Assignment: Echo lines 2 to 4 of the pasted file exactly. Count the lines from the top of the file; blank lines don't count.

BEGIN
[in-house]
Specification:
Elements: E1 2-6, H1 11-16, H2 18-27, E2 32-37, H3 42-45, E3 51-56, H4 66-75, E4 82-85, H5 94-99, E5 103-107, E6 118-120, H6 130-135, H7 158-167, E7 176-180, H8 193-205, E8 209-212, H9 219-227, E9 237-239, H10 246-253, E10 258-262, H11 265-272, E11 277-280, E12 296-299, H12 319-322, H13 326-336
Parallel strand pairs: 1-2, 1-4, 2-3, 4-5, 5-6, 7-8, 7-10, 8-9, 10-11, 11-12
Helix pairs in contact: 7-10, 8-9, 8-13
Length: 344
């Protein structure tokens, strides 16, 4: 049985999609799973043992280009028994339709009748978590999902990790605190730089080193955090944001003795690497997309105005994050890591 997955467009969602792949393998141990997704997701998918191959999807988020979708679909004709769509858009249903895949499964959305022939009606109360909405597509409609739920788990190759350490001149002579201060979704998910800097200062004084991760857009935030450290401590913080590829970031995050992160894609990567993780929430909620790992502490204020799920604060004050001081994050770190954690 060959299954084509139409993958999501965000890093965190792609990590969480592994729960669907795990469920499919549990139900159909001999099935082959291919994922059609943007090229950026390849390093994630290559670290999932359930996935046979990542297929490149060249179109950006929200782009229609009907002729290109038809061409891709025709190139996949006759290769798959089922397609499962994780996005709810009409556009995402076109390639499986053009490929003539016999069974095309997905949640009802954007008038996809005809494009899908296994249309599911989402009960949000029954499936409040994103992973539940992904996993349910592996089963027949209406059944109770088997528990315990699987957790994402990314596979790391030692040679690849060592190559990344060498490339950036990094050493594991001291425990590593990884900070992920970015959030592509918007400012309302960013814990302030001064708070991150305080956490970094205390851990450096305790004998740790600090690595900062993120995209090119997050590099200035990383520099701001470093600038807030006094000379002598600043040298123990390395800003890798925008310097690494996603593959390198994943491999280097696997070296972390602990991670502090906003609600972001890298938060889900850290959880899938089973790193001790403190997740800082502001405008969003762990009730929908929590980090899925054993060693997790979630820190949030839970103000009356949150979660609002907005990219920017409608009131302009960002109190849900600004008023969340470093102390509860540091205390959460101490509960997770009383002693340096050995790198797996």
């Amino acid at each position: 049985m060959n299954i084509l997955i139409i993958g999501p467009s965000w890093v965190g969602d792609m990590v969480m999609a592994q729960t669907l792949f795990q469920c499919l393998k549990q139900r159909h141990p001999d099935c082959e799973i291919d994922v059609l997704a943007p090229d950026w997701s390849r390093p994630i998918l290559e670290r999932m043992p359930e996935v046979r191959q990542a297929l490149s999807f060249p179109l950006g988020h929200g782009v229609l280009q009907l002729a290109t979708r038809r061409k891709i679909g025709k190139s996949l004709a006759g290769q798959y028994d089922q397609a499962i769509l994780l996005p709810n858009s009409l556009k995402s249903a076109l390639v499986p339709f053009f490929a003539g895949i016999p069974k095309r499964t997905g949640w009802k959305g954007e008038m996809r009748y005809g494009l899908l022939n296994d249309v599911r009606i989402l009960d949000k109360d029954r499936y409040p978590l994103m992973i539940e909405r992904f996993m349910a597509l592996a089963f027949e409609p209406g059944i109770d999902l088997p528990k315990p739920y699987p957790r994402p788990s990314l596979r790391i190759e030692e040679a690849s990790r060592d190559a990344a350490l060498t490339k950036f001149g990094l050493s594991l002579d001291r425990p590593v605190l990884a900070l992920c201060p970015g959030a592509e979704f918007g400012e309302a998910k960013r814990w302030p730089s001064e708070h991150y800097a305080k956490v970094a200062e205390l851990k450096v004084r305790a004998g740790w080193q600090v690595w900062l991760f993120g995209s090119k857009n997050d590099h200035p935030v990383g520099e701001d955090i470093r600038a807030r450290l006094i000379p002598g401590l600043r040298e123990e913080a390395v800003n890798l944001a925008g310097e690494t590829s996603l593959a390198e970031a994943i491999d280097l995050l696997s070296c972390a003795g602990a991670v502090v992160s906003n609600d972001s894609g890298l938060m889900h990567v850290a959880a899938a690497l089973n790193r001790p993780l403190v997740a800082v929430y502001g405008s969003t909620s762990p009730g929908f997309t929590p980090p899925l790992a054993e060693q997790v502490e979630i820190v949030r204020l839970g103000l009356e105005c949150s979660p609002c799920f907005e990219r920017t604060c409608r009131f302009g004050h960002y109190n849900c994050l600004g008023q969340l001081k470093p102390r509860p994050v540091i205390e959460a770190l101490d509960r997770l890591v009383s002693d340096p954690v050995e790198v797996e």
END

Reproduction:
Specification:
Elements: E1 2-6, H1 11-16, H2 18-27, E2 32-37, H3 42-45, E3 51-56, H4 66-75, E4 82-85, H5 94-99, E5 103-107, E6 118-120, H6 130-135, H7 158-167, E7 176-180, H8 193-205, E8 209-212, H9 219-227, E9 237-239, H10 246-253, E10 258-262, H11 265-272, E11 277-280, E12 296-299, H12 319-322, H13 326-336
Parallel strand pairs: 1-2, 1-4, 2-3, 4-5, 5-6, 7-8, 7-10, 8-9, 10-11, 11-12